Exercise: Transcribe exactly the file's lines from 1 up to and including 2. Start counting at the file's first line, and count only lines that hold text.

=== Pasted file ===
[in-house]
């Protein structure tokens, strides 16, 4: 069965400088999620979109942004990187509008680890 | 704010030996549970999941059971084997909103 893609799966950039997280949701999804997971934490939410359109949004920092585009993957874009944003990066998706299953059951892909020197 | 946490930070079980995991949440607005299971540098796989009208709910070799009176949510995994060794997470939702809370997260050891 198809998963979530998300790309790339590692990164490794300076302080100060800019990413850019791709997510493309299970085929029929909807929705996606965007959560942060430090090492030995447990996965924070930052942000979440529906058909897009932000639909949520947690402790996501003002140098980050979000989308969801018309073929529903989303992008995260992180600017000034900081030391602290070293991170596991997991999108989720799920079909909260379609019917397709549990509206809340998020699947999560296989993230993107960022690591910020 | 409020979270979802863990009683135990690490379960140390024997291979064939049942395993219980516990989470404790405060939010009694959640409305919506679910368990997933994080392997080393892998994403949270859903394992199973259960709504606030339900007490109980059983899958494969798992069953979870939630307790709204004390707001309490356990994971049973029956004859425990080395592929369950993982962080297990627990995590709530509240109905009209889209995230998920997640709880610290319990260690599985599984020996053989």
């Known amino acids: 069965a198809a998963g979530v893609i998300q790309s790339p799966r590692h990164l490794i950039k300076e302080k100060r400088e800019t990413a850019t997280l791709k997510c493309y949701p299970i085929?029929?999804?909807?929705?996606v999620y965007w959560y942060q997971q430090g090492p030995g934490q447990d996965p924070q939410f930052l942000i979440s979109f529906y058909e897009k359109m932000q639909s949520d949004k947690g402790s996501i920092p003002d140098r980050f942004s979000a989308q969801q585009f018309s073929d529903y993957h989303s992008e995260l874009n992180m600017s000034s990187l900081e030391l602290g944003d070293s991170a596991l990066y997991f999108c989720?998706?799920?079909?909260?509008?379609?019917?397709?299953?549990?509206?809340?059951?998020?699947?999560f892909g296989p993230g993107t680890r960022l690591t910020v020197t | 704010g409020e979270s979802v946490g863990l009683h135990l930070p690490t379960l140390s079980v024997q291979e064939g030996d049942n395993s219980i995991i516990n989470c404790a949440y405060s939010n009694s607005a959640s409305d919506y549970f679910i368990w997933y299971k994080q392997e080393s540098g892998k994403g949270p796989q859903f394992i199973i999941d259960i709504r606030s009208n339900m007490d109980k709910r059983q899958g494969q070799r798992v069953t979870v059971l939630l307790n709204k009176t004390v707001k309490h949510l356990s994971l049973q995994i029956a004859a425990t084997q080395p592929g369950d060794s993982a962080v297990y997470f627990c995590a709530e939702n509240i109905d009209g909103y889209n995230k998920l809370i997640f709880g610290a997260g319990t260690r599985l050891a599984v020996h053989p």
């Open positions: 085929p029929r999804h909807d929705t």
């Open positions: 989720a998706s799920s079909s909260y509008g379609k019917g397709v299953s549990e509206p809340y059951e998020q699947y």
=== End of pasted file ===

[in-house]
């Protein structure tokens, strides 16, 4: 069965400088999620979109942004990187509008680890 | 704010030996549970999941059971084997909103 893609799966950039997280949701999804997971934490939410359109949004920092585009993957874009944003990066998706299953059951892909020197 | 946490930070079980995991949440607005299971540098796989009208709910070799009176949510995994060794997470939702809370997260050891 198809998963979530998300790309790339590692990164490794300076302080100060800019990413850019791709997510493309299970085929029929909807929705996606965007959560942060430090090492030995447990996965924070930052942000979440529906058909897009932000639909949520947690402790996501003002140098980050979000989308969801018309073929529903989303992008995260992180600017000034900081030391602290070293991170596991997991999108989720799920079909909260379609019917397709549990509206809340998020699947999560296989993230993107960022690591910020 | 409020979270979802863990009683135990690490379960140390024997291979064939049942395993219980516990989470404790405060939010009694959640409305919506679910368990997933994080392997080393892998994403949270859903394992199973259960709504606030339900007490109980059983899958494969798992069953979870939630307790709204004390707001309490356990994971049973029956004859425990080395592929369950993982962080297990627990995590709530509240109905009209889209995230998920997640709880610290319990260690599985599984020996053989």